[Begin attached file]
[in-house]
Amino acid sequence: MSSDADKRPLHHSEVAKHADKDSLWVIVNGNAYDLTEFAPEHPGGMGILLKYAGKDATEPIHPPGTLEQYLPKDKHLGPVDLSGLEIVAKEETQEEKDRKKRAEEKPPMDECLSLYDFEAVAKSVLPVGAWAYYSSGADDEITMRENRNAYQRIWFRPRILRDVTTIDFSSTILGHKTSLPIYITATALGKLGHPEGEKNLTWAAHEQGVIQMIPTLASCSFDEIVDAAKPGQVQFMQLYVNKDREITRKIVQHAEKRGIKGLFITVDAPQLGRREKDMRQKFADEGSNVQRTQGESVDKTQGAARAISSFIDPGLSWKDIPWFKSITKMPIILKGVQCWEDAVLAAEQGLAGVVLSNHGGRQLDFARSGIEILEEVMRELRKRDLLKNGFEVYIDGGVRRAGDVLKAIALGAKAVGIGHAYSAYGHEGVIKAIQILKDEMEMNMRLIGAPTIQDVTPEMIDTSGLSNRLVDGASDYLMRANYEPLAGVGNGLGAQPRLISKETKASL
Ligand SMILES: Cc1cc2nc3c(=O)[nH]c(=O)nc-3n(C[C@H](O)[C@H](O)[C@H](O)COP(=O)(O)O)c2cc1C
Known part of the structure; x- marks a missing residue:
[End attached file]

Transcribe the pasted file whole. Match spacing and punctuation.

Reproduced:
[in-house]
Amino acid sequence: MSSDADKRPLHHSEVAKHADKDSLWVIVNGNAYDLTEFAPEHPGGMGILLKYAGKDATEPIHPPGTLEQYLPKDKHLGPVDLSGLEIVAKEETQEEKDRKKRAEEKPPMDECLSLYDFEAVAKSVLPVGAWAYYSSGADDEITMRENRNAYQRIWFRPRILRDVTTIDFSSTILGHKTSLPIYITATALGKLGHPEGEKNLTWAAHEQGVIQMIPTLASCSFDEIVDAAKPGQVQFMQLYVNKDREITRKIVQHAEKRGIKGLFITVDAPQLGRREKDMRQKFADEGSNVQRTQGESVDKTQGAARAISSFIDPGLSWKDIPWFKSITKMPIILKGVQCWEDAVLAAEQGLAGVVLSNHGGRQLDFARSGIEILEEVMRELRKRDLLKNGFEVYIDGGVRRAGDVLKAIALGAKAVGIGHAYSAYGHEGVIKAIQILKDEMEMNMRLIGAPTIQDVTPEMIDTSGLSNRLVDGASDYLMRANYEPLAGVGNGLGAQPRLISKETKASL
Ligand SMILES: Cc1cc2nc3c(=O)[nH]c(=O)nc-3n(C[C@H](O)[C@H](O)[C@H](O)COP(=O)(O)O)c2cc1C
Known part of the structure; x- marks a missing residue: